Swimming is a good way to beat the heat, but did you know it can have an impact on your dental health? It’s true!
In recent years, it has become clear that there is a link between chlorinated pool water and dental conditions referred to as swimmer's erosion, swimmer’s calculus, or swimmer’s mouth. When left untreated, these conditions can cause unpleasant effects like enamel loss, tooth sensitivity, transparency around edges of teeth, yellow or brown staining, and tartar buildup. Fortunately, knowledge is power, and we are here to give you details about how you can avoid having chlorinated chompers.
Who Should Be Worried?
Competitive swimmers—defined as people who swim at least two hours each day five days a week—need to be especially mindful of harm caused by pool water. According to a study from the University of Western Australia, children who swim competitively have a significant increase in dental staining as compared to their peers.
On the other hand, if you are only an occasional swimmer, it is unlikely that you need to worry much about the effects on your teeth unless they are already compromised.
People who normally swim in a saltwater pool also have less to worry about. This type of pool still contains chlorine, but not as much as traditional pool water. Aside from being better for your oral health, saltwater pools have the added bonus of being milder for your eyes, skin, and hair.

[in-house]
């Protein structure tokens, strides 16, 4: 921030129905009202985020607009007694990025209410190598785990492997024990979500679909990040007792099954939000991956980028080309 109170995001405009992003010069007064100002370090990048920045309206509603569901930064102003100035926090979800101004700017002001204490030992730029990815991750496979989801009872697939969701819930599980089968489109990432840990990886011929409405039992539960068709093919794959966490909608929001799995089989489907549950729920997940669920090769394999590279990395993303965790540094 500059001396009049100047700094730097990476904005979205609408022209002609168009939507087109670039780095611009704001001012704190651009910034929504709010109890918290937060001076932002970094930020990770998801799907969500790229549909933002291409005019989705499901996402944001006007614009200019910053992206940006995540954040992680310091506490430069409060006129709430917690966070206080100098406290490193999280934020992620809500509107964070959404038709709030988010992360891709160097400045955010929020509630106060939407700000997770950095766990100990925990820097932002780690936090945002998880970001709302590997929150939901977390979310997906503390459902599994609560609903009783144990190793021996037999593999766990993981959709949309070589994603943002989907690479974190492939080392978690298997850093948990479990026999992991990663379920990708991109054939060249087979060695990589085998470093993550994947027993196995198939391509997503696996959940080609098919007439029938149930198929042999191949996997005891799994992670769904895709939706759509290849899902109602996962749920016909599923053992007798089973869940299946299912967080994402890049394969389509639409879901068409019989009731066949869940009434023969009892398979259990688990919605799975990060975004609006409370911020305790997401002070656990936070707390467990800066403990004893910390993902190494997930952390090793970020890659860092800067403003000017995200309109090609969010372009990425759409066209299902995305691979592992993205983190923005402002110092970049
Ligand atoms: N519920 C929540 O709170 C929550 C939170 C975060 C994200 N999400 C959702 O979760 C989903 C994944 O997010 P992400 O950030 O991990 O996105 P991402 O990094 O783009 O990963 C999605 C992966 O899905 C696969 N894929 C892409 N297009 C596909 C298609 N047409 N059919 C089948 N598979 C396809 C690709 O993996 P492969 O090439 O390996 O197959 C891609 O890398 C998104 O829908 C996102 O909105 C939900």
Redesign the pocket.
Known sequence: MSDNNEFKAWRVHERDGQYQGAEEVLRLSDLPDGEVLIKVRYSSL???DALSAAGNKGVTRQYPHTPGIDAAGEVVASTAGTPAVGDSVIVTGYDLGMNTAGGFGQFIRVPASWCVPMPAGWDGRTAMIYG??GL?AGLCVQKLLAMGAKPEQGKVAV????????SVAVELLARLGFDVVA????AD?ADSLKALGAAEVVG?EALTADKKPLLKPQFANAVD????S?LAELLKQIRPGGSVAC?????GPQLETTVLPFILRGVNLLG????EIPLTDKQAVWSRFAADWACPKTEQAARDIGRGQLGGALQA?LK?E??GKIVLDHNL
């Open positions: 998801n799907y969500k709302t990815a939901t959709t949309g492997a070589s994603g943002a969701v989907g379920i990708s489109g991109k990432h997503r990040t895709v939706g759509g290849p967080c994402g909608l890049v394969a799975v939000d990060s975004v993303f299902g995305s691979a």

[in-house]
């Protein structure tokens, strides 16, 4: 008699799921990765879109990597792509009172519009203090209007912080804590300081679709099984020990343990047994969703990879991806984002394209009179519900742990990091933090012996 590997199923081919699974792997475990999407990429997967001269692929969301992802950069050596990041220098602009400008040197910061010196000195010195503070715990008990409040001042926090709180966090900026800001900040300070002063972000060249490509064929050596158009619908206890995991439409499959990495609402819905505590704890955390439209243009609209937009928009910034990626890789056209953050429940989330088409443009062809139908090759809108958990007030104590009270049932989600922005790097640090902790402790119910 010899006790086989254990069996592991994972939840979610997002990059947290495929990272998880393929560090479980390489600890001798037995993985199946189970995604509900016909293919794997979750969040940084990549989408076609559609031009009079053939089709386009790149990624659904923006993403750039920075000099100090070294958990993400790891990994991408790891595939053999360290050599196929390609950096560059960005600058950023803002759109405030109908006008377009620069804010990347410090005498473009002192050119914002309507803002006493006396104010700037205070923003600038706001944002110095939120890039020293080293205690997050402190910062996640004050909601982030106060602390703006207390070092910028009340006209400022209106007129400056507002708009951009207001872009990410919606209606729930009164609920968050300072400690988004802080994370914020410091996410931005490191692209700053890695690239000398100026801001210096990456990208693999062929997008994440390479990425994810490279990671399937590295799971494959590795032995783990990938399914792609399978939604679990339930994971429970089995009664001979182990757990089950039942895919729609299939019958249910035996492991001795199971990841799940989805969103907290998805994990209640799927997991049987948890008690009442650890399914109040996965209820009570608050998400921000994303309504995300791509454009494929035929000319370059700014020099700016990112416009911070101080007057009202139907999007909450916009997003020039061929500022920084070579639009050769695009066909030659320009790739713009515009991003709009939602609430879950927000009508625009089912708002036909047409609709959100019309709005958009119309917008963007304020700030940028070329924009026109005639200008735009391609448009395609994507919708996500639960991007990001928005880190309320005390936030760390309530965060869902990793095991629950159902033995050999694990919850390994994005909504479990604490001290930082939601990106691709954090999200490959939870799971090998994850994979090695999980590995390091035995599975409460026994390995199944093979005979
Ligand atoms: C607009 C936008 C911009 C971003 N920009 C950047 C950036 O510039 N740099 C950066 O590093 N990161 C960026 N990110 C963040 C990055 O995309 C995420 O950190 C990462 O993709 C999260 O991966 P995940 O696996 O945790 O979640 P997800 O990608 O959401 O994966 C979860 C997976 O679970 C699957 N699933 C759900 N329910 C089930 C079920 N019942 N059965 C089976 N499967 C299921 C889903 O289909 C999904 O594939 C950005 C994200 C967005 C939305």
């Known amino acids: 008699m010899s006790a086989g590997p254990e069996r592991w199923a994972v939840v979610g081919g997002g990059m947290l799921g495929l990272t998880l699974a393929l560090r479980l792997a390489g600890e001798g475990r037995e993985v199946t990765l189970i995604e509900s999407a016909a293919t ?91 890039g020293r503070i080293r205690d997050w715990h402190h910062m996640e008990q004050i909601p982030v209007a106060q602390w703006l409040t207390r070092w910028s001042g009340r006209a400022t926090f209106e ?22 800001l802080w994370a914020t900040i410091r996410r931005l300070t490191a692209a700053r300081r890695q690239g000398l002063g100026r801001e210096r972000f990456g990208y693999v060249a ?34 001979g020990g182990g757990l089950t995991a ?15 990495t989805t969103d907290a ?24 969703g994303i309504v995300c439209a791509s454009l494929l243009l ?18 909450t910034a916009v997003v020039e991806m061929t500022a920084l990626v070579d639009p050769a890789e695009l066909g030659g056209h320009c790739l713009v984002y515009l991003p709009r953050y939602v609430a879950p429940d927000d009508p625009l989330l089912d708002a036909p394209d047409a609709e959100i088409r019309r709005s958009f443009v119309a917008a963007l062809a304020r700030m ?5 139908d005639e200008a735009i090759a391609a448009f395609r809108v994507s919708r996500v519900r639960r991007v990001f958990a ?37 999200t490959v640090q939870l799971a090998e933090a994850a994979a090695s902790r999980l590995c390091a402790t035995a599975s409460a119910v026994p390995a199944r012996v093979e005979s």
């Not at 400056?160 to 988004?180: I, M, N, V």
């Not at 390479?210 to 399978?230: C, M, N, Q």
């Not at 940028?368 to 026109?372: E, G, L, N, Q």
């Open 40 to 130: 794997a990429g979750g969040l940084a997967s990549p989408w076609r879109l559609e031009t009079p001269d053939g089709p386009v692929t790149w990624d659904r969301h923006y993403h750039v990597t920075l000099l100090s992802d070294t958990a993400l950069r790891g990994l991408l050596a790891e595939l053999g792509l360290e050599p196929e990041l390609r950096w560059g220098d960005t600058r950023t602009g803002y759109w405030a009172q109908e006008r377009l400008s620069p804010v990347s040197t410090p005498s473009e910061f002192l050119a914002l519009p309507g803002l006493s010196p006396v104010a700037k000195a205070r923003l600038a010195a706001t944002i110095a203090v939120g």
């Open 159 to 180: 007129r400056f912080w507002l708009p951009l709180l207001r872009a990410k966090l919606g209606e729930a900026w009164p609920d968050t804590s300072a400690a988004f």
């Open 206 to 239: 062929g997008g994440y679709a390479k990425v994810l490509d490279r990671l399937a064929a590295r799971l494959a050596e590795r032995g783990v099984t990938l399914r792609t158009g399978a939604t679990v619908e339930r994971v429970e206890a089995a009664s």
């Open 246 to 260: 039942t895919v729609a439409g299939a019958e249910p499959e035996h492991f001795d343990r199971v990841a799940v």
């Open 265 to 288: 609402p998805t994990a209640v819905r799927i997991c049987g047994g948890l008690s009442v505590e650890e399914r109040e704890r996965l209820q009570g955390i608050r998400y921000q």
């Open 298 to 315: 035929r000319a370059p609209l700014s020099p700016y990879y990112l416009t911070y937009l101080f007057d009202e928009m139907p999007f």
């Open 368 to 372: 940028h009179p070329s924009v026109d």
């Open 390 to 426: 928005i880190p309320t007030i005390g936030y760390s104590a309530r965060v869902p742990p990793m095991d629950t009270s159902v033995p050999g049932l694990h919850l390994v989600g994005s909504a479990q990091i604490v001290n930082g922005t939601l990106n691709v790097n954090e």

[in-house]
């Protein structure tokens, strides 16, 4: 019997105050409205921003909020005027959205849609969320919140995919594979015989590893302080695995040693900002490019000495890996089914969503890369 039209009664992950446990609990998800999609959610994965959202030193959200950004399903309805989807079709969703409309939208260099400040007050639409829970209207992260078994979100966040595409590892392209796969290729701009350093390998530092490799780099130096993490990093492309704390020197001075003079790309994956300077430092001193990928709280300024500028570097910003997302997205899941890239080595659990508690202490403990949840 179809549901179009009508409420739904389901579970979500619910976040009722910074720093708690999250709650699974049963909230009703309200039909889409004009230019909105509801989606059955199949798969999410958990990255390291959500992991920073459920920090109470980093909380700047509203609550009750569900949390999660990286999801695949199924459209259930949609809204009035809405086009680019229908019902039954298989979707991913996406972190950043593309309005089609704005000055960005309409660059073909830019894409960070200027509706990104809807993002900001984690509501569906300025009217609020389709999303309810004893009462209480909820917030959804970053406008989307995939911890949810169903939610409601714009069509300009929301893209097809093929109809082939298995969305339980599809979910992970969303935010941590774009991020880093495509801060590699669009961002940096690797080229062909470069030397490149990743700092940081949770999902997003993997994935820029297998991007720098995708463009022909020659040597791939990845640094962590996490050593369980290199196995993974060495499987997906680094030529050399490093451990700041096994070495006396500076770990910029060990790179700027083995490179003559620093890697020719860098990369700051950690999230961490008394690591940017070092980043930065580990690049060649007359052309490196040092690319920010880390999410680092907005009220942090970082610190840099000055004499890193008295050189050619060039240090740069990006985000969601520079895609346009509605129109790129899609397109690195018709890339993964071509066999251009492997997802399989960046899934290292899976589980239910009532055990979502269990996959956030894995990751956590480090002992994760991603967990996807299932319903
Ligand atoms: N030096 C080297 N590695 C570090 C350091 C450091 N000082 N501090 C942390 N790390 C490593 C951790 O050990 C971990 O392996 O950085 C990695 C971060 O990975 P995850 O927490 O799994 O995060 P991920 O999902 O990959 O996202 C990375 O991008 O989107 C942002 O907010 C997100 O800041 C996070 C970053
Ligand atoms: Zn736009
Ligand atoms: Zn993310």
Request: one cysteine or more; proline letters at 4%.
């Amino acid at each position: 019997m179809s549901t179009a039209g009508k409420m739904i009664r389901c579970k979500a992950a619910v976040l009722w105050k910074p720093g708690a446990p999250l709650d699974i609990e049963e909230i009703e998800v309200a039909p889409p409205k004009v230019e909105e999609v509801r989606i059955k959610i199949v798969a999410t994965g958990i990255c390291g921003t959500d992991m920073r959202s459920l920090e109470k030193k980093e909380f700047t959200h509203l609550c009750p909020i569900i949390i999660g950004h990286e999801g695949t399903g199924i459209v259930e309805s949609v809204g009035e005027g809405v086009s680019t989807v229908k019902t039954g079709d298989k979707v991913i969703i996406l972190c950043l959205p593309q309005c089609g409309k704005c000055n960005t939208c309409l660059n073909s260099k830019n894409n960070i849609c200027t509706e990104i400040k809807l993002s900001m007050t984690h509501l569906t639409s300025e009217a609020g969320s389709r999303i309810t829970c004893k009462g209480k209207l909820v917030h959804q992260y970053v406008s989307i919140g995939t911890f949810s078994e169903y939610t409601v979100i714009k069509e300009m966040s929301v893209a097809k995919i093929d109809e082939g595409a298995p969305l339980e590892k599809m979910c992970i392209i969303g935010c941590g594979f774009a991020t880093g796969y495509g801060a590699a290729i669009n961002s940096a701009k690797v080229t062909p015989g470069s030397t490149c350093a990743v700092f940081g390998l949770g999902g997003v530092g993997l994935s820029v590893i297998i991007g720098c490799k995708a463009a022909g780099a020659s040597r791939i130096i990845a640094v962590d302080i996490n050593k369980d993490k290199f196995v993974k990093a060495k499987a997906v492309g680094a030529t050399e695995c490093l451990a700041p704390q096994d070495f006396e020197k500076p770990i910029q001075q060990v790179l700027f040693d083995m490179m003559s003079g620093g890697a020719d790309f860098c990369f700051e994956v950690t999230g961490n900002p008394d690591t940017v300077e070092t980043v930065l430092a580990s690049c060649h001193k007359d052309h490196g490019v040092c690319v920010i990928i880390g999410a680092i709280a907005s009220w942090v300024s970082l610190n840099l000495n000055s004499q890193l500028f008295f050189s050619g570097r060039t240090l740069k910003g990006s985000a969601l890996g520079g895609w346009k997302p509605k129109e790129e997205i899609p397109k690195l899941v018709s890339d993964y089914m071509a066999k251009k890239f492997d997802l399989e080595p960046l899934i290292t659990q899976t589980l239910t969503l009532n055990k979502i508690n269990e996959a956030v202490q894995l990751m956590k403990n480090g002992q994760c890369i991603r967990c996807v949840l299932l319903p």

Everyone, regardless of how much or where they swim, should avoid pools that aren’t regularly tested. Swimmer’s dental conditions will worsen from badly maintained pools with improper chlorine and pH levels.
So, does this mean that you can no longer enjoy a refreshing swim in the pool if you want healthy teeth? Not at all! Swimming is great for your mind and body, and it’s a fun way to increase exercise during the hot summer months. However, taking a few precautions will reduce the chance of dental erosion and staining caused by pool water. Here are some tips to keep your teeth in great shape:
- Try to keep your mouth closed while you swim.
- Brush your teeth before getting in the water so that chemicals don’t stick to plaque.
- If you own a chlorinated swimming pool, test the water weekly and keep the pH levels between 7.2 and 7.6 to protect enamel while still maintaining the bacteria-killing effects of the chlorine.
- If using a public pool, there are two main things you can do to check for proper maintenance:
- Ask questions about the facility’s pool maintenance procedures. If they aren’t testing the water regularly, try to swim in a different pool.
- Look at structures attached to the pool such as ladders. If they show signs of erosion, chances are good that the water is not maintained properly and will do the same to your teeth.
- Go for a relaxing dip in the water instead of swimming, and that way you can keep your head out of the water entirely.
- There is some evidence that chewing xylitol gum three times a day can lower the risk of erosion.
- If you swim six hours or more a week, tell your dentist and make sure to keep up on your recommended maintenance cleanings so any problems are caught early.
- One option that the dentist may suggest is a special fluoride treatment for added enamel protection.
Many people are still unaware of the effect swimming can have on teeth, so share this article with a friend to save their smile this summer!